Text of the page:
Cause of Action v. Treasury Inspector Gen. for Tax Admin., No. 13-1225, 2014 WL 4809423 (D.D.C. Sept. 29, 2014) (Jackson, J.)

Date: 
Monday, September 29, 2014

Cause of Action v. Treasury Inspector Gen. for Tax Admin., No. 13-1225, 2014 WL 4809423 (D.D.C. Sept. 29, 2014) (Jackson, J.)

Re: Request for records concerning investigation by Treasury Inspector General for Tax Administration (TIGTA) into unauthorized disclosure of 26 U.S.C. § 6103 'return information' to anyone in Executive Office of the President

Disposition: Denying defendant's motion for summary judgment; granting plaintiff's cross-motion for summary judgment

  • Exemption 3:  "The Court finds that, in this case, defendant has pushed [the] limits too far: the mere existence of records of investigations into unlawful disclosures of return information is not, itself, return information compiled by the IRS 'in connection with its determination of a taxpayer's liability' for a violation of Title 26."  The court notes that "[d]efendant invokes Exemption 3 by pointing to section 6103 of the Internal Revenue Code, which requires that tax '[r]eturns and return information' be kept confidential subject to certain exceptions."  The court relates that "[d]efendant contends that it cannot confirm or deny the existence of any records relating to investigations of unlawful disclosures of return information to anyone in the Executive Office of the President because whether an investigation exists is, itself, return information."  However, the court points to "[t]he fact that TIGTA has publicly announced that it has investigated unlawful disclosures of, or access to, that body of information protected by statute as 'return information' strongly suggests that the fact of an investigation is not, itself, 'return information.'"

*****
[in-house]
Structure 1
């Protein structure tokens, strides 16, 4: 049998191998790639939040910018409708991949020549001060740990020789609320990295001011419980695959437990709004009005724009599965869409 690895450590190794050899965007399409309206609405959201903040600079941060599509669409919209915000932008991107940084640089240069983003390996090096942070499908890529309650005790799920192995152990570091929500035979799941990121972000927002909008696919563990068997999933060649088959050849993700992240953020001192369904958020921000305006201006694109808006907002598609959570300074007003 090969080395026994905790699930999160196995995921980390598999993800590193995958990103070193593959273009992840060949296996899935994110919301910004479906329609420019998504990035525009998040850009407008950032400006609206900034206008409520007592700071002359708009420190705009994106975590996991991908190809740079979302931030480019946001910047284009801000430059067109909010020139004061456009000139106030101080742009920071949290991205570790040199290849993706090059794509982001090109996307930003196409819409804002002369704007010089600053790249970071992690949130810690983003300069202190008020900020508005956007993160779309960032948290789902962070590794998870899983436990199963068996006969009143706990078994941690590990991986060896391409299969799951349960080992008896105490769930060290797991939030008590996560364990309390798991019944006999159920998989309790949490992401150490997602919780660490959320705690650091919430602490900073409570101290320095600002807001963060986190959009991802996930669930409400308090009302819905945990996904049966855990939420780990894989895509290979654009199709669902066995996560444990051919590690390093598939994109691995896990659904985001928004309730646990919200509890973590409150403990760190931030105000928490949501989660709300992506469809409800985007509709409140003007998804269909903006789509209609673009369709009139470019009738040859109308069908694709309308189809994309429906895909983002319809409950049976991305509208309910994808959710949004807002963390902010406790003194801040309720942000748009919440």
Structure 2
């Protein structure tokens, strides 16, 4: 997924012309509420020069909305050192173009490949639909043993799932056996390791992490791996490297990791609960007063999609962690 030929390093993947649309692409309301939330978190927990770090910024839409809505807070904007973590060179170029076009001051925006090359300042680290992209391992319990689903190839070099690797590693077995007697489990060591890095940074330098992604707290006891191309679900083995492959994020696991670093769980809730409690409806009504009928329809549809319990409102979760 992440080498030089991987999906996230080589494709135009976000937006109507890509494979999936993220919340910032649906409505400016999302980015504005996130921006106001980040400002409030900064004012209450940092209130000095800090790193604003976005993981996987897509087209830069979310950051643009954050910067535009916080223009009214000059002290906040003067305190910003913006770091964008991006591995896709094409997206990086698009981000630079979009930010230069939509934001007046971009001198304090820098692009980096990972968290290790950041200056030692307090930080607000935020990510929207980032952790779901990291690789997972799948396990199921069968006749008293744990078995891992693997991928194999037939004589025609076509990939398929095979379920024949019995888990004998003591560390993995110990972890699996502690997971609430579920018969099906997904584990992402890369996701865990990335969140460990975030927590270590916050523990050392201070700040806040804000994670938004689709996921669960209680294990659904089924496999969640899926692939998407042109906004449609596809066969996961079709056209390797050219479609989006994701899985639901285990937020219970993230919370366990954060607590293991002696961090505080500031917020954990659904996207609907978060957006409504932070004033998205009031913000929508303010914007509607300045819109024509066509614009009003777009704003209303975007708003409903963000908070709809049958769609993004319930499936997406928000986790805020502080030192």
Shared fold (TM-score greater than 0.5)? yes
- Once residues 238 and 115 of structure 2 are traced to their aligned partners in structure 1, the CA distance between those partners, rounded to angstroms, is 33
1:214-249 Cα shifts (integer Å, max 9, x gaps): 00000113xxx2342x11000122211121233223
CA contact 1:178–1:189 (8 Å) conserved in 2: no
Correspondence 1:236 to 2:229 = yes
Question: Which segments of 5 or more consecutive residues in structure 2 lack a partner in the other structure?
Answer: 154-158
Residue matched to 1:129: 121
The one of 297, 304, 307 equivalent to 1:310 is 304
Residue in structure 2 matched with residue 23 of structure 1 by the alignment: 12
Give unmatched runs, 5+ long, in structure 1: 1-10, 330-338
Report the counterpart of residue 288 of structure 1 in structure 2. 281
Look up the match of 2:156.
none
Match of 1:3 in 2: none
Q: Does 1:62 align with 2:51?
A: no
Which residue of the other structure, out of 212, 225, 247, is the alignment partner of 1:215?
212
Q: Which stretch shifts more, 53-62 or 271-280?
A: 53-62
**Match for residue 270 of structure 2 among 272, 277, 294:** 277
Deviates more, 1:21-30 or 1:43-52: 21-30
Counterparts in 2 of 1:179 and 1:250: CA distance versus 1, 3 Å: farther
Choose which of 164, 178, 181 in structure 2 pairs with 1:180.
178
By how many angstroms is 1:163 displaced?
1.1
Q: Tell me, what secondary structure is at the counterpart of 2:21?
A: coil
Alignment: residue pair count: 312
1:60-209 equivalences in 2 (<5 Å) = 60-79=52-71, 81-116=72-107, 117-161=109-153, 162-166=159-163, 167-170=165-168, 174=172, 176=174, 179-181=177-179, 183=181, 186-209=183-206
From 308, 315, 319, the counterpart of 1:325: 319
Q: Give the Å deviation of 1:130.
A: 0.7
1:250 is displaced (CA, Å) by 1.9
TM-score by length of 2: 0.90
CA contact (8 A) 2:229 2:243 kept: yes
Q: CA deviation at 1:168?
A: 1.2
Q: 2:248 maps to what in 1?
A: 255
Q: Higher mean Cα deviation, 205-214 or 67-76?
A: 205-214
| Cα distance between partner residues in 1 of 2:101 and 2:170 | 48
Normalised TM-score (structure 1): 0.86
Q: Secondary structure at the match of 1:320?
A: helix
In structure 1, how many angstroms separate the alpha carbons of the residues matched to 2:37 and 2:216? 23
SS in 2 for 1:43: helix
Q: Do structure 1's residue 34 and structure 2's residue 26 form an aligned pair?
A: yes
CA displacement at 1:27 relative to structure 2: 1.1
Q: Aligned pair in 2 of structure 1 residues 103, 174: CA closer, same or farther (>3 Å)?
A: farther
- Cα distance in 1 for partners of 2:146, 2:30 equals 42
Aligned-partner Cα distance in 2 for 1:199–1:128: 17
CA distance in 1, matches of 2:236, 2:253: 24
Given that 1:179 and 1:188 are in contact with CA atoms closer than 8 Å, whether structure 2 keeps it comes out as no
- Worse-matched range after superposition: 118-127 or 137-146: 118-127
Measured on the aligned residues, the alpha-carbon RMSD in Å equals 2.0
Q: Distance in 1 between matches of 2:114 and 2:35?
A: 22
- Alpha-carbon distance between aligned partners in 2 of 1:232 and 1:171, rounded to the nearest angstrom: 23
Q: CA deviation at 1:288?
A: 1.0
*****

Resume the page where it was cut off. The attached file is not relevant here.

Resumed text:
• Exemption 7(C):  "[T]he Court cannot sustain defendant's Glomar response because defendant has waived the protections of Exemption 7(C) by officially acknowledging the existence of an investigation into [the third party at issue] on the public record."  The court relates that "the Inspector General for Tax Administration sent a letter to several U.S. Senators stating that he would commence a 'review' into [the third party's] comment."  "And . . . a TIGTA Special Agent sent an email to the Chief Legal Counsel of Koch Industries, stating that 'the final report relative to the investigation of [the third party's] press conference remark is completed, has gone through all the approval processes, and would now be available through a [FOIA] request.'"  "The Court finds that even if the Inspector General's letter to the Senators was not alone sufficient to constitute a waiver, the letter combined with the email supplies official confirmation of the existence of responsive records—the one fact that the Glomar response was intended to withhold."
     
Topic: 
District Court
Exemption 3
Exemption 7C
Updated January 29, 2015